to pa that far from undermining the claim that logos is related is specifying that relation. For the path? he deprecates Aristotle thos, are those to matters to the subject" at that draw external "attention the kind of pathos In other words, that forms a legitimate hand.28 pis tis is one that is "entechnical," which is found in the speech the relation (that between argues, for is, logos) itself.29 A second ?thos/pathos example, that beliefs nitions suade validity which that

problem and logos for Aristotle

is actually in Aristotle's

to specify

thought. are the emotions emotions; Cooper because that

Nussbaum constituted Sherman


the different of emotions; in general

as constitutive desires (orexeis)

that argues the desires raise affect

by cognitive too sees cog logos can per cognitive

argues claims; perception, Leighton and Wardy that in rhetorical in turn affects argues judgment; our to truthful contexts the proper "enhance path? receptivity view of the relation is im I will that Aristotle's try to show logos"30 paral


it in the context of a structural clarified by examining portantly rhetoric and phronetic lel between deliberation.31 practical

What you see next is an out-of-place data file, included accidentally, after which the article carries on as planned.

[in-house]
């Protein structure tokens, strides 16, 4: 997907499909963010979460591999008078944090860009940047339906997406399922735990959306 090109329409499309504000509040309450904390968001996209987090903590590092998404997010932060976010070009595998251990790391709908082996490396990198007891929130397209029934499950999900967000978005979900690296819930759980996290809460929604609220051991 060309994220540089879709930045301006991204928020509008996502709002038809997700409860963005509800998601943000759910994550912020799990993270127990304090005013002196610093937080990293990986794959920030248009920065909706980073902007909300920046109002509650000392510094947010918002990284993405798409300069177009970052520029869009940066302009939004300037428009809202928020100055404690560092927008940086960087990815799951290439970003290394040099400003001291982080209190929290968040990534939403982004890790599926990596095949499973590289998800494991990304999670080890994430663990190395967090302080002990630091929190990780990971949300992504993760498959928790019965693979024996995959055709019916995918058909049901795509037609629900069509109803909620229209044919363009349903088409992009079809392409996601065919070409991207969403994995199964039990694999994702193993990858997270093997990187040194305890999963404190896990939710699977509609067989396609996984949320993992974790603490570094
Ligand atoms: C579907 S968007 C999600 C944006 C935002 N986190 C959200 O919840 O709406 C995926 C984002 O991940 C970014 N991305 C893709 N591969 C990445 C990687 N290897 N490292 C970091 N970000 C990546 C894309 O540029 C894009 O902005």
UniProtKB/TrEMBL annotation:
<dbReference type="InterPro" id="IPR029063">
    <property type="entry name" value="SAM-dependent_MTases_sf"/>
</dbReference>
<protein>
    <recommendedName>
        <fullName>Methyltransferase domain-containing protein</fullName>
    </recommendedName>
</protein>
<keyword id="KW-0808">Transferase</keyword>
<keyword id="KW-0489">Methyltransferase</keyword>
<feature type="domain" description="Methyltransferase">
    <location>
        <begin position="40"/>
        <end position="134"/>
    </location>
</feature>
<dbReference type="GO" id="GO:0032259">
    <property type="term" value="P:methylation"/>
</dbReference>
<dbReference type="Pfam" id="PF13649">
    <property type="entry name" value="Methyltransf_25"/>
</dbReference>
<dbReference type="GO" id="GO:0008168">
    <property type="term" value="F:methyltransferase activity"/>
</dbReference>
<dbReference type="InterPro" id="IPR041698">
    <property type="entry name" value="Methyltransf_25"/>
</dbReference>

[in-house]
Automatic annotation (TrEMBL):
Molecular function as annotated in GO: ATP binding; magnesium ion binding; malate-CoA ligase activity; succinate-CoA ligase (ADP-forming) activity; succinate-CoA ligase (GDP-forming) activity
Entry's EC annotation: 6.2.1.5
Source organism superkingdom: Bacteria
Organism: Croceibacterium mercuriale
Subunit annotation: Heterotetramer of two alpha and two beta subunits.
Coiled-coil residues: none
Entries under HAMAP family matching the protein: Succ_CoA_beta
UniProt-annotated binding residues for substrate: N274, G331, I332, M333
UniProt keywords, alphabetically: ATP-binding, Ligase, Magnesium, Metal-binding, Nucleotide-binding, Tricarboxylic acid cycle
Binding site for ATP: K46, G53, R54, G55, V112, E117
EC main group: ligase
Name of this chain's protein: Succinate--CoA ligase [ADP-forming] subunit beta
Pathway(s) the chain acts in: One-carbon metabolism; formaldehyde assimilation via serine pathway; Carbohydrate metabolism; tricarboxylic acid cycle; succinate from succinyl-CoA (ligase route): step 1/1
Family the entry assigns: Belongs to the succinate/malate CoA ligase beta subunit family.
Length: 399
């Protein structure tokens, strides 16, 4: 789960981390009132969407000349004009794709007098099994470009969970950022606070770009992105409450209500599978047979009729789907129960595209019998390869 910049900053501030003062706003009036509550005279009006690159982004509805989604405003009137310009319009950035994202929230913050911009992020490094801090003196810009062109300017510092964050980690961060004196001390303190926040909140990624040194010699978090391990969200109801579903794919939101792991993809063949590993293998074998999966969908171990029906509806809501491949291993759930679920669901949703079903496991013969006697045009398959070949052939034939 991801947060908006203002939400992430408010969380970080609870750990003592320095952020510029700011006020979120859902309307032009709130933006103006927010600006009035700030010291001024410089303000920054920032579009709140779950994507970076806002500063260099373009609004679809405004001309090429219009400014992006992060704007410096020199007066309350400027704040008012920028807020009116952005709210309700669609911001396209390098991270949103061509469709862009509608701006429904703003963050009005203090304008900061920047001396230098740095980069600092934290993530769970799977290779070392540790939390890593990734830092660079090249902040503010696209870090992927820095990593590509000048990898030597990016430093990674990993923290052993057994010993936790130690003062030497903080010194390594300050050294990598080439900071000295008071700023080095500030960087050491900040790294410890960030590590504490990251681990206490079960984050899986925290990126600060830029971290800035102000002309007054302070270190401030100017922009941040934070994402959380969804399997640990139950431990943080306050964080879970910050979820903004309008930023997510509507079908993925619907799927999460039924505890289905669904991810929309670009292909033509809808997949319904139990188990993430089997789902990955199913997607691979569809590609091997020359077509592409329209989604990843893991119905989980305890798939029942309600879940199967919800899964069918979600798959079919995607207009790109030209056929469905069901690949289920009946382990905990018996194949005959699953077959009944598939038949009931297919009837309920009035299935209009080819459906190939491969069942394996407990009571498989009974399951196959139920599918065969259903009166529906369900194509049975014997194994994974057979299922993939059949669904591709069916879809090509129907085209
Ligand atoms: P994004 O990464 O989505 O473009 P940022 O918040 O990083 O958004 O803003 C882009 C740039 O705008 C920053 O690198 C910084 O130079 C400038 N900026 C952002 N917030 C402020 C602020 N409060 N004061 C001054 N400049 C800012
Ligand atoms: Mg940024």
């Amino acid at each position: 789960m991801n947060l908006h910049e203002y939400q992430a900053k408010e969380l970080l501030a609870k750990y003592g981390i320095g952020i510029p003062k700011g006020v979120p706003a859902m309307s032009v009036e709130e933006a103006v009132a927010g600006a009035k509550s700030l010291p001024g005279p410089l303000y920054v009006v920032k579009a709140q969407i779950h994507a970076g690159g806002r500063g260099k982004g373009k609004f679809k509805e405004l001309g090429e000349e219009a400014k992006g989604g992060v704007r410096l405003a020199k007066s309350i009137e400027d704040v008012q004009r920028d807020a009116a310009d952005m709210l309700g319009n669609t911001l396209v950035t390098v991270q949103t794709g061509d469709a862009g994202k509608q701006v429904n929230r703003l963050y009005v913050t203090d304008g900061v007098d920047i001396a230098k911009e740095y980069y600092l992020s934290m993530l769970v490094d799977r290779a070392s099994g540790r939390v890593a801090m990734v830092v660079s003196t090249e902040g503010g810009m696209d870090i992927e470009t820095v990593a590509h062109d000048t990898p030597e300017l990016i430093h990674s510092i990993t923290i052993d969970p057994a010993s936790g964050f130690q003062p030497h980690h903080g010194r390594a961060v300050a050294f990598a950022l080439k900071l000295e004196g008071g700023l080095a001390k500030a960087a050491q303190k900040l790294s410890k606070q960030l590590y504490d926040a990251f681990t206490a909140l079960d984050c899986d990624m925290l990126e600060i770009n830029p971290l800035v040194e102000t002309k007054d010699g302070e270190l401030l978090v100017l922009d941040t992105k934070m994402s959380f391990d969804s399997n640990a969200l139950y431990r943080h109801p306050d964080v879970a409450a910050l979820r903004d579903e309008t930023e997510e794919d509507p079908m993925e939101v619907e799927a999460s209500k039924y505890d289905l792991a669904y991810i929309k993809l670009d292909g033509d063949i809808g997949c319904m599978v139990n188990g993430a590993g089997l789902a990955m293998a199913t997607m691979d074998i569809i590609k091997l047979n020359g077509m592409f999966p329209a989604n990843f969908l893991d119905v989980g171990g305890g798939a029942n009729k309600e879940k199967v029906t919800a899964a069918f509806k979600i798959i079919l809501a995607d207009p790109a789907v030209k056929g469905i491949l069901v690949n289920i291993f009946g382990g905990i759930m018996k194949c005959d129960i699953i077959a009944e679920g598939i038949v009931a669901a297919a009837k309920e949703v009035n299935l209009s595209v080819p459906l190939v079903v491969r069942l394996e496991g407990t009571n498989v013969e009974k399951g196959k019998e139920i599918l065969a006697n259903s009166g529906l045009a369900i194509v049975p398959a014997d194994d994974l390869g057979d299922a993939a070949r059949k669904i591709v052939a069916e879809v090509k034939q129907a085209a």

28?fteil.l.l354al5-16. 29 of this issue, and in particular For further discussion chapter l's rela tion to the rest of the work, see Kennedy, On Rhetoric, 27-8; Robert Wardy, on Aristotle's Rhetoric, "Mighty is the Truth and It Shall Prevail?" in Essays to "Is There an Ethical Dimension 56-87 at 62-3, Troels Engberg-Pedersen, on Aristotle's in Essays 116-41 at 131, and Rhetoric?" Aristotelian Rhetoric, in the Rheto and Rhetoric Glenn W. Most, "The Uses of Endoxa: Philosophy ed. A. Nehamas Rhetoric: Philosophical Essays, (Princeton: ric," Aristotle's Princeton University clear, my view is different Press, 1994). As will become He sug from J?rgen Sprute's attempt to resolve the apparent discrepancy. 1 is an "ideal rhetoric" de rhetoric of chapter gests that the emotion-free in general"; to rhetoric is essential in order to "determine what scribed Rhetoric: of Rhetoric," Aristotle's "Aristotle and the Legitimacy Sprute, Princeton ed. A. Nehamas University Philosophical Essays, (Princeton: to suppose to emotion and that appeals Press, 1994), 119. Sprute seems are one and the same, and concludes that Aristotle's atechnical pro appeals For ex appeals is also directed against the emotions. scription of atechnical the laws ought "to forbid speaking outside ample, he says that for Aristotle emotions" of persuasion like arousing the subject and hence using means and repre and so concludes that "arousing emotions (119, my emphasis), senting character, are not directly concerned with the subject but have only a are not function in persuading" (122). But arousing emotions supplementary of rhetoric. and ethos and pathos are constitutive pist?is always atechnical,